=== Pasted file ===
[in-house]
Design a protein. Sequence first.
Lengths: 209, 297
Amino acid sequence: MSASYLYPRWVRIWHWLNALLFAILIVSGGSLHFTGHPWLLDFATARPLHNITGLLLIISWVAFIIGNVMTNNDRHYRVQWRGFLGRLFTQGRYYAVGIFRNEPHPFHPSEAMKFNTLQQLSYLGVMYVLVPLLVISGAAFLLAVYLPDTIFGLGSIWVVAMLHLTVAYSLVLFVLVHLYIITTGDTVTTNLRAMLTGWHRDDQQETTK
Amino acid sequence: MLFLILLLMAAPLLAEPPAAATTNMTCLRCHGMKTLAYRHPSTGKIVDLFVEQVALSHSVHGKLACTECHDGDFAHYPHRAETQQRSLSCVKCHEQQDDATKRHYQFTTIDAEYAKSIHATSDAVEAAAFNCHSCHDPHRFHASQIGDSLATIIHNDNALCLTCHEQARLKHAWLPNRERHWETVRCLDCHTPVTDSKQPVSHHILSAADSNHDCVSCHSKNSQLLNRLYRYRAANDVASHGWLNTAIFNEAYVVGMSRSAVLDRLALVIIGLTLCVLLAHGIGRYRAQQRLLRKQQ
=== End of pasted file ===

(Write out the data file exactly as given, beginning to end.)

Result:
[in-house]
Design a protein. Sequence first.
Lengths: 209, 297
Amino acid sequence: MSASYLYPRWVRIWHWLNALLFAILIVSGGSLHFTGHPWLLDFATARPLHNITGLLLIISWVAFIIGNVMTNNDRHYRVQWRGFLGRLFTQGRYYAVGIFRNEPHPFHPSEAMKFNTLQQLSYLGVMYVLVPLLVISGAAFLLAVYLPDTIFGLGSIWVVAMLHLTVAYSLVLFVLVHLYIITTGDTVTTNLRAMLTGWHRDDQQETTK
Amino acid sequence: MLFLILLLMAAPLLAEPPAAATTNMTCLRCHGMKTLAYRHPSTGKIVDLFVEQVALSHSVHGKLACTECHDGDFAHYPHRAETQQRSLSCVKCHEQQDDATKRHYQFTTIDAEYAKSIHATSDAVEAAAFNCHSCHDPHRFHASQIGDSLATIIHNDNALCLTCHEQARLKHAWLPNRERHWETVRCLDCHTPVTDSKQPVSHHILSAADSNHDCVSCHSKNSQLLNRLYRYRAANDVASHGWLNTAIFNEAYVVGMSRSAVLDRLALVIIGLTLCVLLAHGIGRYRAQQRLLRKQQ